This week, Myanmar began a new phase in its journey towards democracy. U Htin Kyaw, a former political prisoner, took over as the new president on March 30. Aung San Suu Kyi, the best-known former prisoner of conscience, joined the new cabinet as its sheet anchor. She has four important ministries (foreign affairs, education, energy and the president’s office) and the overall responsibility to lead the nation. The cabinet also includes three lieutenant generals nominated by Commander-in-Chief Min Aung Hlaing.
Political adversaries of yesterday are now partners in government. The army ruled the country since 1962. Now, a significant chunk of power shifts to leaders elected by the people. This is a long stride towards democratic governance. The transition process, begun with 2010 elections, gathered momentum with a landslide victory of National League for Democracy (NLD) in the elections last November.
Is it a new dawn? Surely the change cannot be minimised. NLD now controls both houses of the parliament, has the bulk of cabinet posts, has nominated chief ministers of states, and will speak for the nation. But it shares power with the military.
The latter has provided the senior vice-president, three critical ministers (home, defence and border affairs), controls 25% of MPs, and is inclined to continue its political role sanctioned by the constitution. The Myanmar polity looks like a car with two drivers.
Should the two principal partners – NLD and the army – cooperate fully, they can lead the nation to a new dawn. All friends of Myanmar should wish them well.
Thanks to the reform set in motion by Thein Sein, the previous president, the nation has been recovering perceptibly from decades of misrule, poverty, insurgencies and conflict. Inaugurating the change was the military’s way to recognise misjudgments and failures of the past. The people have done the rest.
Through the first free and fair election since 1990, they sent out a powerful message. The army received it, loud and clear. Aung San Suu Kyi’s government thus embarks on a historic journey.
In a brief statement after his swearing-in, President Htin Kyaw identified four main goals: national reconciliation, internal peace, constitutional reform, and improvement of the quality of people’s lives. While taking oath on the existing constitution, he emphasised it should be in accord with ‘the democratic norms suited to our country’. Resistance to achieving this goal is expected from the army.
The new government faces daunting challenges. Many of them – ethnic conflict, Buddhist-Muslim tensions, Rohingya issue – will take a long time to be resolved satisfactorily. They will test NLD’s political skills.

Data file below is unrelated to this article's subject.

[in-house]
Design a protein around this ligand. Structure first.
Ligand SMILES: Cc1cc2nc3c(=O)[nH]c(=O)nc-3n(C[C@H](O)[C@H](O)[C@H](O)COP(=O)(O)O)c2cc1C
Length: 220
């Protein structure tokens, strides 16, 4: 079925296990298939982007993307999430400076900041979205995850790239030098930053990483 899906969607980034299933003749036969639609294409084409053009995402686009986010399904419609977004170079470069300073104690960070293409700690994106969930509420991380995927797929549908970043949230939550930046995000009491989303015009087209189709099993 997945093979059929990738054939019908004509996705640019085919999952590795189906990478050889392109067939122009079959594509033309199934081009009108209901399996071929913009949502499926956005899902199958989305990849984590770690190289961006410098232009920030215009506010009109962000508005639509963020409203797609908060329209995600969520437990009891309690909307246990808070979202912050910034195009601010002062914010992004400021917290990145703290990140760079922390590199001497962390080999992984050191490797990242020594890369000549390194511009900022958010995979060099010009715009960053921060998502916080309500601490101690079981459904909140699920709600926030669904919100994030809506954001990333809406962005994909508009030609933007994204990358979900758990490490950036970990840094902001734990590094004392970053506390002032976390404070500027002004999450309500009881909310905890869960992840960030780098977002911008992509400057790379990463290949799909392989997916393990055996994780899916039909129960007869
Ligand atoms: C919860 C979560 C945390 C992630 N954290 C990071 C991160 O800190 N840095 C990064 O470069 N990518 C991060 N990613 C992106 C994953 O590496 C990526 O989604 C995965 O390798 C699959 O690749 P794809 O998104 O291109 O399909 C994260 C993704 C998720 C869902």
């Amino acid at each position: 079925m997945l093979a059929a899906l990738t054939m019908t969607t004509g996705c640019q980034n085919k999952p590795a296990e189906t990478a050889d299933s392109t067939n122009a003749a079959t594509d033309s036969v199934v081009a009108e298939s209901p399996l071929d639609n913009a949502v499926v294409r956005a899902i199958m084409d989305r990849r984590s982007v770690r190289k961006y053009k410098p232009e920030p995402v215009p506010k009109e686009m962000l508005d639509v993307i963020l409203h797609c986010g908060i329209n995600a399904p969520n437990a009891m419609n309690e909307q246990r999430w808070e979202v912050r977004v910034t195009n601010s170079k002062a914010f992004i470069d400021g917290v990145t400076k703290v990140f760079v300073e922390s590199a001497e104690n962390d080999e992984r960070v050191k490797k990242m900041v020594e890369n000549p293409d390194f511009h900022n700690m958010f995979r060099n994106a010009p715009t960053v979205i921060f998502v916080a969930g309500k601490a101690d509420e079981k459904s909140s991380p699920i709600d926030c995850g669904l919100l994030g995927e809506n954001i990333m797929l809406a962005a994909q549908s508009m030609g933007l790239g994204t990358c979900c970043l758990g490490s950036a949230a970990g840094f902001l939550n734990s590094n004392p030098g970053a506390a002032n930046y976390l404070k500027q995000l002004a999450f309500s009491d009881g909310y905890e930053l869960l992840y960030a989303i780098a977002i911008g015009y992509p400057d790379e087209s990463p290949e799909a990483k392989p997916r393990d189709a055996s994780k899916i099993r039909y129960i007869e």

Other issues are even more urgent: designing constitutional reform, accelerating economic growth that is inclusive, implementing administrative reform, and crafting a formula that allows the parliament, government and military to work in unison. The last task is of exceptional significance. Only through a mixture of persistence and patience by one side (NLD) and flexibility by the other (army) can Myanmar hope to move forward.
How the new government conducts its foreign policy will also be interesting to watch. Its policy approach may reflect a blend of NLD and army worldviews. The blending process will occur in the current regional context when east Asia experiences a sharpening strategic contest between the US and China.
During her long struggle against military rule Suu Kyi received valuable support from the West, whereas the generals – shunned by most nations – got precious succour from China. President Thein Sein showed a creative middle way in the past five years. He built constructive relations with the US, Japan and others, while re-fashioning the China equation with a rare mixture of firmness and resilience. This line is likely to continue, but initial endeavours to strengthen Myanmar-China ties are not ruled out.
As Myanmar’s new foreign minister Suu Kyi may wish to establish cooperative ties with Asean leaders, overcoming her party’s past grievances. Asean’s ‘constructive engagement’ with the military-ruled Myanmar was not to NLD’s liking. Asean leaders are now set to visit and cultivate the new leadership.
Suu Kyi is widely known as India’s friend, a believer in Gandhian philosophy and an admirer of Jawaharlal Nehru. With her in power, India-Myanmar relations should flourish in the normal course. Hopes are being expressed about a possible return to ‘the golden age’ that existed in the 1950s.
An alternative view is that, as Myanmar experiments with two tracks of governance, India should merely ‘wait and watch’. However, thoughtful experts point out that a passive Myanmar policy would be self-defeating. After all, India has vital stakes in its eastern neighbour which, for its own reasons, needs India’s proactive cooperation.
Hence, it is time for New Delhi to unveil a series of measures to upgrade relations with Myanmar. This could include a high-level bilateral visit as soon as possible; agreement to hold an annual summit; a new and generous development package; a fresh endeavour to motivate India Inc to enhance its engagement; and a determined drive to help civil society and expand people-to-people relations. At the same time, communication and cooperation with the army leadership should continue.
When opportunity knocks wisdom lies in welcoming it, equipped with a sound plan.
Rajiv Bhatia is Distinguished Fellow, Foreign Policy Studies Programme at Gateway House, former ambassador to Myanmar, and author of ‘India-Myanmar Relations: Changing contours’ (Routledge).
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